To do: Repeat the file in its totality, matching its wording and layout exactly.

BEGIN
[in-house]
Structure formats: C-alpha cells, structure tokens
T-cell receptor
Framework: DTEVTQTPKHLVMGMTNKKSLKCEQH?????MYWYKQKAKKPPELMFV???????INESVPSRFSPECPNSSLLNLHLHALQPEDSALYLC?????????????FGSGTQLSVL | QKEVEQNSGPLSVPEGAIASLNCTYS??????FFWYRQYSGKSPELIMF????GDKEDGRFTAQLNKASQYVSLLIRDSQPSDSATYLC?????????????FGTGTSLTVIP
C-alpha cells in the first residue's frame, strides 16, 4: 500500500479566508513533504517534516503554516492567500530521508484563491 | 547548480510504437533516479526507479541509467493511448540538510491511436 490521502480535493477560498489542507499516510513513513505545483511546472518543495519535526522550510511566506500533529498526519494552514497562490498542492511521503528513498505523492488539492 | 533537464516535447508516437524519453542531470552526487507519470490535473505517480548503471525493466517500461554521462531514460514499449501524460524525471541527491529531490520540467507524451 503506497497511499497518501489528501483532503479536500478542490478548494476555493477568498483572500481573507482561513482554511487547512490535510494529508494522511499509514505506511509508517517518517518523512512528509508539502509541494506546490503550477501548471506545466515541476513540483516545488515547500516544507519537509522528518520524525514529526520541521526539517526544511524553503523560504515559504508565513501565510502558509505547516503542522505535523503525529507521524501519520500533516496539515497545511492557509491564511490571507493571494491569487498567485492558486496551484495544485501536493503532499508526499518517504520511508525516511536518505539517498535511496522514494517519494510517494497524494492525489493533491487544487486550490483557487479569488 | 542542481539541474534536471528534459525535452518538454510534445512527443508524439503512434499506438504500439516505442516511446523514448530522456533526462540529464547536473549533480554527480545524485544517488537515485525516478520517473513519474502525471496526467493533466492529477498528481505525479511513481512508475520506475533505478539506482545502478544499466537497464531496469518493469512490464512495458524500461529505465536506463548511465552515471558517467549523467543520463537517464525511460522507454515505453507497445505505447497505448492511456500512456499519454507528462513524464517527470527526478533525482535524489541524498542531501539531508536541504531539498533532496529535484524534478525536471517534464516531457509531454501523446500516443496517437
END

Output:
[in-house]
Structure formats: C-alpha cells, structure tokens
T-cell receptor
Framework: DTEVTQTPKHLVMGMTNKKSLKCEQH?????MYWYKQKAKKPPELMFV???????INESVPSRFSPECPNSSLLNLHLHALQPEDSALYLC?????????????FGSGTQLSVL | QKEVEQNSGPLSVPEGAIASLNCTYS??????FFWYRQYSGKSPELIMF????GDKEDGRFTAQLNKASQYVSLLIRDSQPSDSATYLC?????????????FGTGTSLTVIP
C-alpha cells in the first residue's frame, strides 16, 4: 500500500479566508513533504517534516503554516492567500530521508484563491 | 547548480510504437533516479526507479541509467493511448540538510491511436 490521502480535493477560498489542507499516510513513513505545483511546472518543495519535526522550510511566506500533529498526519494552514497562490498542492511521503528513498505523492488539492 | 533537464516535447508516437524519453542531470552526487507519470490535473505517480548503471525493466517500461554521462531514460514499449501524460524525471541527491529531490520540467507524451 503506497497511499497518501489528501483532503479536500478542490478548494476555493477568498483572500481573507482561513482554511487547512490535510494529508494522511499509514505506511509508517517518517518523512512528509508539502509541494506546490503550477501548471506545466515541476513540483516545488515547500516544507519537509522528518520524525514529526520541521526539517526544511524553503523560504515559504508565513501565510502558509505547516503542522505535523503525529507521524501519520500533516496539515497545511492557509491564511490571507493571494491569487498567485492558486496551484495544485501536493503532499508526499518517504520511508525516511536518505539517498535511496522514494517519494510517494497524494492525489493533491487544487486550490483557487479569488 | 542542481539541474534536471528534459525535452518538454510534445512527443508524439503512434499506438504500439516505442516511446523514448530522456533526462540529464547536473549533480554527480545524485544517488537515485525516478520517473513519474502525471496526467493533466492529477498528481505525479511513481512508475520506475533505478539506482545502478544499466537497464531496469518493469512490464512495458524500461529505465536506463548511465552515471558517467549523467543520463537517464525511460522507454515505453507497445505505447497505448492511456500512456499519454507528462513524464517527470527526478533525482535524489541524498542531501539531508536541504531539498533532496529535484524534478525536471517534464516531457509531454501523446500516443496517437